Kind of awkward that they left out the part about the Canada Job Grant being almost universally panned by the provinces; without whom, the project is dead in the water. Come to think of it, the Governor General did mention working with the provinces numerous times throughout the speech. But Harper's track record with the provinces (especially considering his deficit reduction plan is downshifting as much debt from the federal government to the provinces) leaves a lot to be desired. If he's hoping for provincial cooperation, he seems unlikely to find enough to get any program in full swing.

"The Government will soon complete negotiations on a comprehensive economic and trade agreement with the European Union. This agreement has the potential to create 80,000 new Canadian jobs."

The key word here is potential. But many experts, including economist Erin Weir, suggest that the Canada-EU Trade deal has more potential to cost Canada jobs. (LINK) (LINK) As you'll note, the Global news report issue on the deal suggests as many as 150,000 jobs could vanish from the Canadian marketplace as a result of the deal.

"Our Government secured and extended the softwood lumber agreement with the United States."

Some of you may not quite remember the events of 2006, so let's remember them together. The Softwood Lumber debate between Canada, the US, and NAFTA Tribunals continued to drag on. Despite Canada continuing to receive favourable rulings in NAFTA Tribunals, the US continued to unlawfully collect tariffs and duties on Canadian Softwood Lumber imported into the US.

Harper's grand deal was to allow the US to keep $1 BILLION of these illegally collected tariffs. (LINK) And in 2009, Canada and the US were in international arbitration again over the softwood lumber issue that ended with Canada having to collect an addition $68.26 million from lumber producers for export costs. (LINK)

So, I guess if you call just throwing away money that could have been spent elsewhere a success, then this was a real humdinger.

"Our Government will introduce legislation to enshrine the One-for-One Rule in law: for every new regulation added, one must be removed."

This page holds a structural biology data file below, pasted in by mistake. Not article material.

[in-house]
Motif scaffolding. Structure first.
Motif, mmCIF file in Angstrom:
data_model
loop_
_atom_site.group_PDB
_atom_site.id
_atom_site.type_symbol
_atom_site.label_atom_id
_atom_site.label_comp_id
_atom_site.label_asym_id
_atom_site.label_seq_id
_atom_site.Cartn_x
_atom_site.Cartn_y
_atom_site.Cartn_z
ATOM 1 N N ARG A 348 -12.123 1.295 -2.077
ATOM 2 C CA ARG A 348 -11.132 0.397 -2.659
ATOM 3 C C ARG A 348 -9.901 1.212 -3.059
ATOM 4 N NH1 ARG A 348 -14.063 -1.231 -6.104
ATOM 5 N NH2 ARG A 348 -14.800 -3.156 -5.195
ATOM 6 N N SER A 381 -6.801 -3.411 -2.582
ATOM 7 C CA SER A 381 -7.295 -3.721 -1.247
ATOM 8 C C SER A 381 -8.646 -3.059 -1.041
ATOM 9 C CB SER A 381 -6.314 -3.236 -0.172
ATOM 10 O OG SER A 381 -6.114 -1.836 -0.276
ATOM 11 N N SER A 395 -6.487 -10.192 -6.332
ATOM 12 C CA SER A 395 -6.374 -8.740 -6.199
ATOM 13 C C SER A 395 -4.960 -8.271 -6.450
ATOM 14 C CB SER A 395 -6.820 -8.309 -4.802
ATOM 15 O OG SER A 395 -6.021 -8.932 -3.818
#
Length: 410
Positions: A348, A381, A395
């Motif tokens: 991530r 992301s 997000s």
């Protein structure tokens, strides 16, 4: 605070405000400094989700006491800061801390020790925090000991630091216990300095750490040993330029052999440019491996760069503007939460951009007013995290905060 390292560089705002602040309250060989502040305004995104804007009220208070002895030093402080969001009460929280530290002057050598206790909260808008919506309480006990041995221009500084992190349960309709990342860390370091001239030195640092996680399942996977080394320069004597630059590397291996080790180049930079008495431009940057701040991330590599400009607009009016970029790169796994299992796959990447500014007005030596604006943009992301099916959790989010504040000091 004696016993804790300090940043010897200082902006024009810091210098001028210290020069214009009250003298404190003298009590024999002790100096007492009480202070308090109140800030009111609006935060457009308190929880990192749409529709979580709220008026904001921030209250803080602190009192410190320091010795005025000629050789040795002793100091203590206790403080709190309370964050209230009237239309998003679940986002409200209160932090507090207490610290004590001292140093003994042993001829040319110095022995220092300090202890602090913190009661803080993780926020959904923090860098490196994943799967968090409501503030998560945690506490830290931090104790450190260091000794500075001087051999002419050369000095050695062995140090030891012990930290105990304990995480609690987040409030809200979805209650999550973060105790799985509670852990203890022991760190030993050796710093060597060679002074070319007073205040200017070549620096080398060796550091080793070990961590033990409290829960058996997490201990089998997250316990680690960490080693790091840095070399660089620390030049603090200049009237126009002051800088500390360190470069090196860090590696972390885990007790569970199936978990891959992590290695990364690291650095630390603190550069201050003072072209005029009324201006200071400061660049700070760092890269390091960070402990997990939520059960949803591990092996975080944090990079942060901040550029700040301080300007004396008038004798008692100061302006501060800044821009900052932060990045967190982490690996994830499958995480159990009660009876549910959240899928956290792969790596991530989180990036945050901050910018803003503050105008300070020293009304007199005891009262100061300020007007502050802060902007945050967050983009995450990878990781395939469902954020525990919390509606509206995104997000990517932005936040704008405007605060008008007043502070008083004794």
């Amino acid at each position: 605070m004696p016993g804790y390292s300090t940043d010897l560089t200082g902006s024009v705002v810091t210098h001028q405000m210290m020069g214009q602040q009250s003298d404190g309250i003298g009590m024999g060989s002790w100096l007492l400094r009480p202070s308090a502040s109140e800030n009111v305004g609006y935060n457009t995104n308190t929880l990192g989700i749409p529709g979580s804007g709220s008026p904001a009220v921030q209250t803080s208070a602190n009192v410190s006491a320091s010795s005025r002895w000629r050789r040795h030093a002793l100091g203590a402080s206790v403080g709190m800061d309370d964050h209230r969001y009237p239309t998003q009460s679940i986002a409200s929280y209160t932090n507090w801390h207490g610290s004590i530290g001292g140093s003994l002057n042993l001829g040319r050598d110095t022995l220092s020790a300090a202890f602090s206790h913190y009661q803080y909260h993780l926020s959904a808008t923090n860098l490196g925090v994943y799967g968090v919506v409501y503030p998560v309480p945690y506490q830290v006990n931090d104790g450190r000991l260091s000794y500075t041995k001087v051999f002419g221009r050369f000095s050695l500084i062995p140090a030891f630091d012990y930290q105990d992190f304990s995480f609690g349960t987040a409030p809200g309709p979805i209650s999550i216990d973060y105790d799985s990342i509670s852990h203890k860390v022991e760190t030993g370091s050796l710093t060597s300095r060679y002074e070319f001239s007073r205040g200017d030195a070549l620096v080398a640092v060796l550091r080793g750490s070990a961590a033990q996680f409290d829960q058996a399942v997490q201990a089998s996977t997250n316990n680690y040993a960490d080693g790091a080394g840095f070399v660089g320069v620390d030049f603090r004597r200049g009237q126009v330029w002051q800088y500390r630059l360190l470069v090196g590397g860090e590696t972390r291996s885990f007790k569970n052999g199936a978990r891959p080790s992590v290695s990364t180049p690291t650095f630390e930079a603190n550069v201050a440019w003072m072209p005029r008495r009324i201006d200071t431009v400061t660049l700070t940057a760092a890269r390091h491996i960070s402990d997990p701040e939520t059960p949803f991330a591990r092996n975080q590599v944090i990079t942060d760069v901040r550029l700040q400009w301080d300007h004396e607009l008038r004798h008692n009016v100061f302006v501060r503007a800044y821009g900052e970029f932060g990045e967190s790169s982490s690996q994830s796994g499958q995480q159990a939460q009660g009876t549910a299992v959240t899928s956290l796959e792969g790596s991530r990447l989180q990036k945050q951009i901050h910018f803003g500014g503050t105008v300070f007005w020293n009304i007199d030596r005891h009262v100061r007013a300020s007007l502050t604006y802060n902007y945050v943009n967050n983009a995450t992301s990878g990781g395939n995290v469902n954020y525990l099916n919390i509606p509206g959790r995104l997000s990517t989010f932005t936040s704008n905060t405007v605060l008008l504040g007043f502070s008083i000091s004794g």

This one is a little worrying. Again, since it's bare-bones, we don't entirely know what they are suggesting. For example, would it be like your standard mail-in coupon where the regulation being removed needed to be of equal or lesser value to the one being added?

Could a new regulation saying that all small business owners must employ dogs as mascots, be used as a pretext to remove a much more serious regulation?

I guess we're asking for relativity. Again, this is one of those measures that sounds alright when you first hear it. We get the sense that we'll get new, clearer regulations to replace older, muddled ones. But if a weak regulation replaces a strong, but NEEDED, regulation then we're just asking for trouble. I'm sure there will be some expansion on this idea, but unless it is coupled with the need for the new regulation to directly address the regulation being removed, this is just another smoke screen.

"Canadians work hard for their money. And we know families are better placed to make spending decisions than governments. That is why our Government has lowered taxes, year after year—for families, for businesses, for each and every Canadian."

Again, we can look at Harper's tax record to see a lot of flaws here. As pointed out by Ralph Goodale, Harper's actions in other areas have caused price increases and tax increases in areas that Canadians may not be aware of. (LINK) Add to that that Harper's decision to slash the GST, while politically popular, contributed directly to the deficit problem that he finds our government in today.

"Canadian families work hard to make ends meet, and every dollar counts. While companies will look out for their bottom line, our Government is looking out for everyday Canadians."

This is the big one. Part of Harper's reason for proroguing was to bring forward consumer protection in the next session of Parliament. Sadly, this entire section seems mostly glossed over. Other than ripping apart TV bundles there is not much concrete here. There is talk of decreasing roaming, but no clear proposal or idea on how to do this or get the big three wireless providers to agree.